Q104, KenoraOnline and DrydenNow are looking back at the biggest news stories of the year. Today’s story is an interview with Environment Canada Meteorologist Peter Kimbell.
Q: How was northwestern Ontario’s weather in 2021?
“Looking back at 2021, the main theme of the year was warm and dry. Looking back to January 2021, there was really only one month of the last eleven that was colder than average – and that was February. Every other month has been warmer than average or near average.”
“So far this month, we’re definitely experiencing some colder, typical weather lately. But the warm weather probably isn’t gone. We will have some more warm weather this month.”
Q: It’s also been quite a dry year for northwestern Ontario. What was the area’s precipitation like?
“This year has definitely been dry. Looking at the year, pretty much every month was below normal with the exception of August and October. October was actually the wettest month of the year, because of October 10 when we received 53 mm of rain.”
“But most of the year was dry, especially in the summertime when the most rain was received. Logically, Kenora gets the most precipitation in the summer with thunderstorms. That didn’t happen this year, except for August.”
“May was 48 per cent below normal, June was 42 per cent and July was 66 per cent below normal precipitation. That’s why we saw the forest fire activity in northwestern Ontario and over the prairies this year.”
Q: With the year being so warm and dry, are those the effects of climate change? Or is it a one-off year?
“There’s really no way of answering that question except in hindsight. 20 years from now, we can probably answer that question better. But this year was a one-off when compared to looking at previous years.”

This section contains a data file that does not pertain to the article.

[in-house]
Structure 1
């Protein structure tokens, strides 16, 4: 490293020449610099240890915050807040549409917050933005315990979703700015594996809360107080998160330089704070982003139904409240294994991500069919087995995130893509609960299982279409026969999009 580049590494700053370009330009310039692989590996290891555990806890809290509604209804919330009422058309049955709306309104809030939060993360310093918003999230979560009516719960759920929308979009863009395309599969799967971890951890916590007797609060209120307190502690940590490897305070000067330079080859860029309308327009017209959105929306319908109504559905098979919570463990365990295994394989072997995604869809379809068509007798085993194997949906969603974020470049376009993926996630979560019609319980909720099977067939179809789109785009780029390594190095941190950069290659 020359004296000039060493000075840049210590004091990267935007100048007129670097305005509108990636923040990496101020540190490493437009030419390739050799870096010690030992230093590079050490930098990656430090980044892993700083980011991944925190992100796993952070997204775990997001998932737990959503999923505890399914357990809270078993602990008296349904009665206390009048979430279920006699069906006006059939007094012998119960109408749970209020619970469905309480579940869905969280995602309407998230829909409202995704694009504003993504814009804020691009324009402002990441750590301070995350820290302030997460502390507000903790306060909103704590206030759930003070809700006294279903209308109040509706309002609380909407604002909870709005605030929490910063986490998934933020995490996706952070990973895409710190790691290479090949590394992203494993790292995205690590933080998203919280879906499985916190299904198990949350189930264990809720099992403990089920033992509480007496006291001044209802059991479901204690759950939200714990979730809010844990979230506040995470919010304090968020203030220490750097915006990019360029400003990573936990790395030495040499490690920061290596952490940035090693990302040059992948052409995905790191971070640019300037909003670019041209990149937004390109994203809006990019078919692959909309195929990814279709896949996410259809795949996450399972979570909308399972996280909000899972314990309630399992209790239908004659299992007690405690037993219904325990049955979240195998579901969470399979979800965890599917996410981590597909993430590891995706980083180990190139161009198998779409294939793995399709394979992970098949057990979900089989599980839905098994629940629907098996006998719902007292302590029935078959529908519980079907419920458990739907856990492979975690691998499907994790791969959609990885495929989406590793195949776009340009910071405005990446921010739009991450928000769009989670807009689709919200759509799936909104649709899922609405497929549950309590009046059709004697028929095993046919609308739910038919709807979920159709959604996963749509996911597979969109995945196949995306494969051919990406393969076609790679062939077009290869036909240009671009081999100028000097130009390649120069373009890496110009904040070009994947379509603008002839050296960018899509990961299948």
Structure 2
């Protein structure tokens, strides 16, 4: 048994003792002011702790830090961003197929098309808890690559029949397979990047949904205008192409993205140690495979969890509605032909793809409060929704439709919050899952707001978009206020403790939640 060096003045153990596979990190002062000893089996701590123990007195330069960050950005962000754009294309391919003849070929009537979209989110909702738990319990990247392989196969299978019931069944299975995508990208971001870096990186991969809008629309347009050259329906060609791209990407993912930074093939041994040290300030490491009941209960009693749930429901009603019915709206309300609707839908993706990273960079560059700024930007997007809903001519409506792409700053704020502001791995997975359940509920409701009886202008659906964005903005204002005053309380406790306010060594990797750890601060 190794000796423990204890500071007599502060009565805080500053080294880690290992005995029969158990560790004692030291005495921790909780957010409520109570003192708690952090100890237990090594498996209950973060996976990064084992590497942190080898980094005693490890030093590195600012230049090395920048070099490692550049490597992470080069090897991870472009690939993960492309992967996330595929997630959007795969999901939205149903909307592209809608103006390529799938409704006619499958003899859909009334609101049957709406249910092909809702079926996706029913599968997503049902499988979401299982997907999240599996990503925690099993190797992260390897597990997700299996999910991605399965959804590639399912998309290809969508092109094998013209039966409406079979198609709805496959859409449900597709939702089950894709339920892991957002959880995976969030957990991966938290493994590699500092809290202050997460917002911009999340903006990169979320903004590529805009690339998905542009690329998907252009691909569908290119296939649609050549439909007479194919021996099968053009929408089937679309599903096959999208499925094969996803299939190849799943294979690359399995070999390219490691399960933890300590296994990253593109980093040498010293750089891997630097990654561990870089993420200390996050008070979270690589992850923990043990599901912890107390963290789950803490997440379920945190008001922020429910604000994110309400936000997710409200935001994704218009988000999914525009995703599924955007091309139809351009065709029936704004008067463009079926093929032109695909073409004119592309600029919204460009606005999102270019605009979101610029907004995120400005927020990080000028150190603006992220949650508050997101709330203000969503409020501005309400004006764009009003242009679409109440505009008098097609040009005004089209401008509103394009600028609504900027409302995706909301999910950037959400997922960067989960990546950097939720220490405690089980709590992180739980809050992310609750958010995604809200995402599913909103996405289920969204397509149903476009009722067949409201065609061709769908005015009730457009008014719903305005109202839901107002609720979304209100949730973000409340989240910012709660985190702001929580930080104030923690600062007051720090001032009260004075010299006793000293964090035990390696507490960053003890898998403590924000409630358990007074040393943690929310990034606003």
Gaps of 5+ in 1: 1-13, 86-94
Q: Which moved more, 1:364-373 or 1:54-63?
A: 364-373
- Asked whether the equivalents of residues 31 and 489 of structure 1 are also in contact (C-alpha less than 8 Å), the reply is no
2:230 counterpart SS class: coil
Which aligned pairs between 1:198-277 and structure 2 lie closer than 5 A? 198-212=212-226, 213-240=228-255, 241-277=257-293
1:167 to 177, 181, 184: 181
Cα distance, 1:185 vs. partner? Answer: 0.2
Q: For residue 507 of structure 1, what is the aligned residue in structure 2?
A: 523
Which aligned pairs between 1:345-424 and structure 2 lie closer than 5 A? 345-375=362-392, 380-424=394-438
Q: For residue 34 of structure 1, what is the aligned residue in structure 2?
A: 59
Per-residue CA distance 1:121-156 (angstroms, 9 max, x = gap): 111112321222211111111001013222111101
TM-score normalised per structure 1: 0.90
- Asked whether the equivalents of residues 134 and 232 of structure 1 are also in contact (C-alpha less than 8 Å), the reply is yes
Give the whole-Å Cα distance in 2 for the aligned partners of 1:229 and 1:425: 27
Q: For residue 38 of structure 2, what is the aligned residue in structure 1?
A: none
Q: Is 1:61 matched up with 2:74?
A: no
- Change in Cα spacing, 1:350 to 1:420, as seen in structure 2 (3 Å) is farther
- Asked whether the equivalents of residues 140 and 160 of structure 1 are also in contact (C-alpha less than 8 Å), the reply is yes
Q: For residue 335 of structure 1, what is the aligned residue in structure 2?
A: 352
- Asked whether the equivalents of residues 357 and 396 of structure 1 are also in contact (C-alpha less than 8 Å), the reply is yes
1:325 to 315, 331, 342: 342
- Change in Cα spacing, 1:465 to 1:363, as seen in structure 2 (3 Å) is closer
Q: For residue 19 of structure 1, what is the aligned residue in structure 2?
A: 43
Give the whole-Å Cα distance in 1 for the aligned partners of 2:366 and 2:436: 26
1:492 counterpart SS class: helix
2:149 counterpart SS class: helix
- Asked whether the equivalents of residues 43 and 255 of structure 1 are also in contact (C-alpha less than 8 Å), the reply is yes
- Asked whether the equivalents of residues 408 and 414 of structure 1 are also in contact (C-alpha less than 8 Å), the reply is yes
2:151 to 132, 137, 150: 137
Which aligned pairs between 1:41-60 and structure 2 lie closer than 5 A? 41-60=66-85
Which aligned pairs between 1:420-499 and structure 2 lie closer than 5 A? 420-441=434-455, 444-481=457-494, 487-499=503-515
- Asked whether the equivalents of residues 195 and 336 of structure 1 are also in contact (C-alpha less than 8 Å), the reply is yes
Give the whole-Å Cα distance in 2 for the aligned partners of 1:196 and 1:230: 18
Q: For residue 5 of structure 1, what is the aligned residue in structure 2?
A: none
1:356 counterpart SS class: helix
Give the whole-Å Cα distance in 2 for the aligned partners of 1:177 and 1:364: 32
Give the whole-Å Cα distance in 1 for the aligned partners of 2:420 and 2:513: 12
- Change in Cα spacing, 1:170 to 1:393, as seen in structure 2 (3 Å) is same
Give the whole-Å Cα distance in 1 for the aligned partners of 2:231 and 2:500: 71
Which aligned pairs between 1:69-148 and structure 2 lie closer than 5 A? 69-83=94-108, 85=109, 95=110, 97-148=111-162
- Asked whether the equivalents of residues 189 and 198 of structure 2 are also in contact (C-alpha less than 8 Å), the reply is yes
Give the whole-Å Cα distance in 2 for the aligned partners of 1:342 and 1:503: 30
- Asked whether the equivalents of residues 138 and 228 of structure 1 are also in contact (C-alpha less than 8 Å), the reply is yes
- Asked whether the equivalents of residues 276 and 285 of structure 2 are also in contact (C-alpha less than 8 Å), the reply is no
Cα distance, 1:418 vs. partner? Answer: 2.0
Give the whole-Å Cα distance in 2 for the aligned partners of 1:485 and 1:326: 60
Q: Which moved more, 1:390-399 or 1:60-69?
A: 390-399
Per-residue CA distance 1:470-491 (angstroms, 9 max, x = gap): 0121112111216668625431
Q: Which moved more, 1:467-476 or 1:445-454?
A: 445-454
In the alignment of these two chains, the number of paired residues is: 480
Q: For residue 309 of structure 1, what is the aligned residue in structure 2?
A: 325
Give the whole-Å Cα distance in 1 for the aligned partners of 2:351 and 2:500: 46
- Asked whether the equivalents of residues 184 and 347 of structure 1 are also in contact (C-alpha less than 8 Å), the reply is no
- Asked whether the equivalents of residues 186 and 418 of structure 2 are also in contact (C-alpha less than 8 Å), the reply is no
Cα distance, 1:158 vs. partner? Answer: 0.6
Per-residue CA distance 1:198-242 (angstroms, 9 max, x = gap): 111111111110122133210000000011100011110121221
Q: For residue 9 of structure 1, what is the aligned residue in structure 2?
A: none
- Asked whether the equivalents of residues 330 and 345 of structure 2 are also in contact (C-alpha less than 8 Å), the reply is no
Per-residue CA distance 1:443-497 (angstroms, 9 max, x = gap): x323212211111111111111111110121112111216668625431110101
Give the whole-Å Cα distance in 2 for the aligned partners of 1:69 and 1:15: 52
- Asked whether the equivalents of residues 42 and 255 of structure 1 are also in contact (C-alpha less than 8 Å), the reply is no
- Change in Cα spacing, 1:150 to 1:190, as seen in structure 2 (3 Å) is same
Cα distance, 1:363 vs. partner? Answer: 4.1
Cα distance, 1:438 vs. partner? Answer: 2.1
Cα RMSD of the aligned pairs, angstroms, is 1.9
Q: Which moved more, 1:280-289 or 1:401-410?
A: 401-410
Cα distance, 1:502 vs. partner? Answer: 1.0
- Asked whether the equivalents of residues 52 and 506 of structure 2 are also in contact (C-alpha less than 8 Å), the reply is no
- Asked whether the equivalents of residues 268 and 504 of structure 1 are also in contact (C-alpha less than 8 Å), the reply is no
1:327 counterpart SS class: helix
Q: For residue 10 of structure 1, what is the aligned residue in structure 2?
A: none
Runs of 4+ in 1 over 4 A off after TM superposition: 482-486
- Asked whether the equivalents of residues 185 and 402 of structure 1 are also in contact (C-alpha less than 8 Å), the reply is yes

“2018 was about average in terms of temperature. 2019 was a bit cooler than average. 2020 was about average as well. 2021 was a one-off, warmer than usual year, except for February.”
“So, maybe it is, but we really won’t know for sure until we can look back 20 or 30 years from now. It’s entirely possible that January and February turn very, very cold in 2022. That’s not impossible at all. In terms of the dryness, last year was also drier than normal, but 2019 was also wetter than normal. Each year is unique.”
Q: You mentioned the cold in January and February. Is it too early to tell what the early parts of the new year will look like?
“Looking at the climate in northwestern Ontario, the least precipitation occurs over the winter. The heaviest precipitation months are always the summer months.”
“The average snowfall in December is about 30 centimetres, about 28 centimetres in January and about 18 in February. So, not a lot of snow falls in the northwest. That pattern will probably repeat.”
“For temperature, we’re actually forecasting a bit on the warmer than average side. But, beyond a week or two weeks, the accuracy does go down. So, I’m not guaranteeing what we’ll see in the new year.”